English Language - what "Does your head in" ??

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kylecycler
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Re: English Language - what "Does your head in" ??

Post by kylecycler »

Oldjohnw wrote: 23 Sep 2021, 7:09am According to the OED stunning means extremely beautiful or attractive.
There was a fashion for a while for using the term 'achingly' beautiful but I haven't seen it recently. Maybe it just got too painful.
Mike Sales
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Re: English Language - what "Does your head in" ??

Post by Mike Sales »

The PreRraphaelites called beautiful women stunners.
Here's one.
Stunner.jpg
Stunner.jpg (10.25 KiB) Viewed 264 times
Pale, full-lipped, and framed by waves of luxuriant hair, the women who posed for the Pre-Raphaelites inspired some of art history’s most striking images. With characteristic angular features and wistful expressions, these unintentional muses were ‘discovered’ in shops, alehouses, or simply the street — plucked from relative obscurity to animate a world of stately archetypes.

‘The stunners’ — as they collectively came to be known — animated some of the movement’s most celebrated images, becoming Arthurian heroines, Italian muses and drowning femme fatales. For some, the transformation was disconcertingly convincing: Lizzie Siddal notoriously courted death posing for Millais’ Ophelia, having spent hours submerged in a cold tin bath.
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kylecycler
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Re: English Language - what "Does your head in" ??

Post by kylecycler »

661-Pete wrote: 23 Sep 2021, 10:58am
AlanD wrote: 23 Sep 2021, 2:19am I also hate the overuse of “passionate” in the context of promoting an interest.
In French, passionné can simply mean 'keen' - as in "il est passionné de cyclisme". I don't see anything wrong with adopting that meaning into English - although I'm well aware that many people object to the importing of 'Frenchisms' into our beautiful language. Wasn't there some bloke ( :lol: ) recently who uttered the words "Donnez-moi un break"? Disgraceful! :roll:

Incidentally, the chief meanings of 'break' in French are 1. Estate car, or 2. Break of service (in tennis). So was BoJo asking Macron to give him a car, or challenging him to a tennis match? :wink:
"Geez a brek, pal" is also a Scottishism.

As for 'break' in French being an estate car, remember when estate cars were referred to as 'shooting brakes'? Spelled brake not break, but I wonder if there's a connection.
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Re: English Language - what "Does your head in" ??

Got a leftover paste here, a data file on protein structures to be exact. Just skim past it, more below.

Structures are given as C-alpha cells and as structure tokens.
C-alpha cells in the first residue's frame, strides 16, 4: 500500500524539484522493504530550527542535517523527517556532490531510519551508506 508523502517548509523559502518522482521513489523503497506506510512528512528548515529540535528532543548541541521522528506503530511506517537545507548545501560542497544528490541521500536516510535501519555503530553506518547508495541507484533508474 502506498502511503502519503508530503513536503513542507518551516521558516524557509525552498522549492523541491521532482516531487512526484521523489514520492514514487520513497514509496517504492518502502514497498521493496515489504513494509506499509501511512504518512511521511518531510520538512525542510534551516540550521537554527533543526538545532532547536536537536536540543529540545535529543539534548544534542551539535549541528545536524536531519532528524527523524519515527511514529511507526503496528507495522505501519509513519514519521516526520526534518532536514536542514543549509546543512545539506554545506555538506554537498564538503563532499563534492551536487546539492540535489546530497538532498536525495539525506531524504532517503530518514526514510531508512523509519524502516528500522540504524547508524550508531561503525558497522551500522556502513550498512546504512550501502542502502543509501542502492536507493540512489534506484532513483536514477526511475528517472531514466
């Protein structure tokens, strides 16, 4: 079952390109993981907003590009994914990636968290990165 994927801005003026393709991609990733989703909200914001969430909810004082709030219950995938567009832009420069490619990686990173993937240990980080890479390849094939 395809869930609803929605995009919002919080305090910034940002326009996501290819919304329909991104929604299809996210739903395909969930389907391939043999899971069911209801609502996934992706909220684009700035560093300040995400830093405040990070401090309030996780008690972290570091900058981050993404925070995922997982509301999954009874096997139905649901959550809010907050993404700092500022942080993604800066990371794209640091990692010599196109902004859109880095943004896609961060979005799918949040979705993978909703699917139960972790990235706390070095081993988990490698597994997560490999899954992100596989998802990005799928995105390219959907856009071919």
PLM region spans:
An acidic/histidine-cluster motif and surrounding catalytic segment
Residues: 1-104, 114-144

Post by Jdsk »

kylecycler wrote: 23 Sep 2021, 11:49amAs for 'break' in French being an estate car, remember when estate cars were referred to as 'shooting brakes'? Spelled brake not break, but I wonder if there's a connection.
Looks like it, although the Wikipedia article needs a bit of work:
https://en.wikipedia.org/wiki/Shooting_brake

Connected to breaking horses, and break de chasse, and definitely in use before the engines were added.

Jonathan

PS: And three separate terms at one time: estate car, shooting brake, station wagon.

PPS: Anyone for Touring?
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Re: English Language - what "Does your head in" ??

Post by Bmblbzzz »

Jdsk wrote: 23 Sep 2021, 12:02pm
kylecycler wrote: 23 Sep 2021, 11:49amAs for 'break' in French being an estate car, remember when estate cars were referred to as 'shooting brakes'? Spelled brake not break, but I wonder if there's a connection.
Looks like it, although the Wikipedia article needs a bit of work:
https://en.wikipedia.org/wiki/Shooting_brake

Connected to breaking horses, and break de chasse, and definitely in use before the engines were added.

Jonathan

PS: And three separate terms at one time: estate car, shooting brake, station wagon.

PPS: Anyone for Touring?
GTO. Yes, I do like Donna Summer.
drossall
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Re: English Language - what "Does your head in" ??

Post by drossall »

661-Pete wrote: 23 Sep 2021, 10:58amIn French, passionné can simply mean 'keen' - as in "il est passionné de cyclisme". I don't see anything wrong with adopting that meaning into English - although I'm well aware that many people object to the importing of 'Frenchisms' into our beautiful language.
Oddly, we might find "Cycling is my passion" more acceptable than "I am passionate about cycling". Doesn't make a lot of sense.

And anyway, why not be passionate about your pastime, when these days, being "passionate" about whatever your job role is supposed to deliver is de rigueur. See what I did there? :lol:
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Re: English Language - what "Does your head in" ??

Post by Jdsk »

colin54 wrote: 23 Sep 2021, 8:47am
Jdsk wrote: 23 Sep 2021, 8:02am Doesn't Chambers describe that usage as colloquial rather than slang?
From my kitchen-Chambers.